Groundhog Day in Greece (Part Two)

[This post is follows up on Part One from last week].

Last week I brought up the question: why have the parties negotiating the future of Greece allowed a seemingly needless series of near catastrophes (followed by last-minute resolutions) to occur? One answer might be the reason why you (probably) write your essays the night before they’re due. Collin’s great article from last year delves into an economics-flavored analysis of procrastination. If you don’t have time to give it a read–which you should definitely do–the gist is this: “…given the choice between having a good thing ($100) now or later, we tend to prefer having them now… We as humans tend to have a temporal preference for present consumption, rather than future consumption.”

Greece-related dealmaking requires onerous concessions from both sides. German taxpayers fund a significant portion of Greek bailout deals and they seem to be increasingly skeptical of shouldering this burden. As demonstrated a “resounding no” vote in an officially-sanctioned referendum on the topic, the Greek political grassroots are also skeptical. Mechanized security shutters, installed on some storefront windows in Athens to protect against riots, are another clear sign of political stress in Greece. Clearly, making the deal is a huge political stress to leaders on both sides. Just like (okay maybe not quite “just like,” but still…) sitting in from of a computer screen doing something besides the internet is stressful to most students. In both situations, the actors can’t stomach swallowing the pill until the consequences of inaction–a Grexit or a failing grade–loom large and immediate. The media frenzy that only really picks up as political dealmakers’ deadlines approach, perhaps, reinforce this last-minute solution phenomenon. A plethora of stories headlined with words “nightmare” and “catastrophe” that probe the potential consequences of Grexit, one would assume, are a pretty good kick in the pants for dealmakers. This would be like turning on CNN the night before your essay is due to see an endless stream of pundits argue about the potential for you to end up with a career in Port-A-Potty cleaning. While CNN’s wall-to-wall coverage might not make you less likely to finish your essay a week before it’s due, it would (probably) make you more likely to actually wrap up your essay instead of letting it slide. Perhaps these deals are so stressful to that they cannot (or are unlikely to) occur in the absence of this type of pressure.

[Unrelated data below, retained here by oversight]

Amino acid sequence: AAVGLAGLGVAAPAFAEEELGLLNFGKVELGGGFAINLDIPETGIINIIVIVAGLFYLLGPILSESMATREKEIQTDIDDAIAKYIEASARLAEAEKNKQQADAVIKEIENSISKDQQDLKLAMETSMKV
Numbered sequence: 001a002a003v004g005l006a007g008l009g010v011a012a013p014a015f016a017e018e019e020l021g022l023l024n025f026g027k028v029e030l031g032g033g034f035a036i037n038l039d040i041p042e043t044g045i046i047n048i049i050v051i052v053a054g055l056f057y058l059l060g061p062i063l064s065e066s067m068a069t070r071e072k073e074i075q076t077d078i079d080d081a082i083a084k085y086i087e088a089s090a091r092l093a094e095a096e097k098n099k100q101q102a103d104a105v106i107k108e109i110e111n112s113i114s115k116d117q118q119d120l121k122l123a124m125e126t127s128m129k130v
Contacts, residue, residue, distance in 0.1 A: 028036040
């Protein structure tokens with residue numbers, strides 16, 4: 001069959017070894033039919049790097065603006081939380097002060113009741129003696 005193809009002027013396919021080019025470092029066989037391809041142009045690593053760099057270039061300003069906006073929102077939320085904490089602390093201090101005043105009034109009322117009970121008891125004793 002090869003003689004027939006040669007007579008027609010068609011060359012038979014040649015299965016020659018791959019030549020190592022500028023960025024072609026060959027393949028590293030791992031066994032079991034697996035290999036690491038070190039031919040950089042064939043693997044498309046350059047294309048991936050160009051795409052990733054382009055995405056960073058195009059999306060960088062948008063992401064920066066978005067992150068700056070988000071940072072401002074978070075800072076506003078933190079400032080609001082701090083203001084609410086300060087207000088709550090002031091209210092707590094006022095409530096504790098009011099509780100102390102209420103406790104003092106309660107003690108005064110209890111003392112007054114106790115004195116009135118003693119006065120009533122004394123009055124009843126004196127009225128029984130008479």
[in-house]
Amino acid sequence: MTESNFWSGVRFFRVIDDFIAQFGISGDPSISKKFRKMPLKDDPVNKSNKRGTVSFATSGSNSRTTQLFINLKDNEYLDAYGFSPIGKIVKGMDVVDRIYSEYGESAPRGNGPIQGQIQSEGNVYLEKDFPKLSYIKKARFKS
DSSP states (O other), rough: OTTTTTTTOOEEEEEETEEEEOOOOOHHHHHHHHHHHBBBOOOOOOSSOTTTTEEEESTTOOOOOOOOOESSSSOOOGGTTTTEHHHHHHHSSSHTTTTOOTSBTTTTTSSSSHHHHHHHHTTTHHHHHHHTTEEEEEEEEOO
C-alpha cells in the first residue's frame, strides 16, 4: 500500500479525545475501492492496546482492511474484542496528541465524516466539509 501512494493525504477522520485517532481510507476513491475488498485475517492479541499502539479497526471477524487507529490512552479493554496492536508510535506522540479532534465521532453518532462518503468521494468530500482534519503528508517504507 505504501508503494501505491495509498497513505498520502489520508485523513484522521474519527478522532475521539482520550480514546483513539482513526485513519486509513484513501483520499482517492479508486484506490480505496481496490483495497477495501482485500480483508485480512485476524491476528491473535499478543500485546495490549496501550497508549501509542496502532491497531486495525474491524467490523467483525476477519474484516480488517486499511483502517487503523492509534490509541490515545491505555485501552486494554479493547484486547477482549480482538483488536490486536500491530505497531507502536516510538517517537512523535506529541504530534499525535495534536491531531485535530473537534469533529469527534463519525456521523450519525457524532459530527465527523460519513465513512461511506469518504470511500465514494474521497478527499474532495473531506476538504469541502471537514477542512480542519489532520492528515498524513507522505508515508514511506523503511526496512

A tangible indicator of political instability in Greece. Source: NPR Planet Money.
A tangible sign of political stress in Greece. Source: NPR Planet Money.

Stay tuned for more next week!

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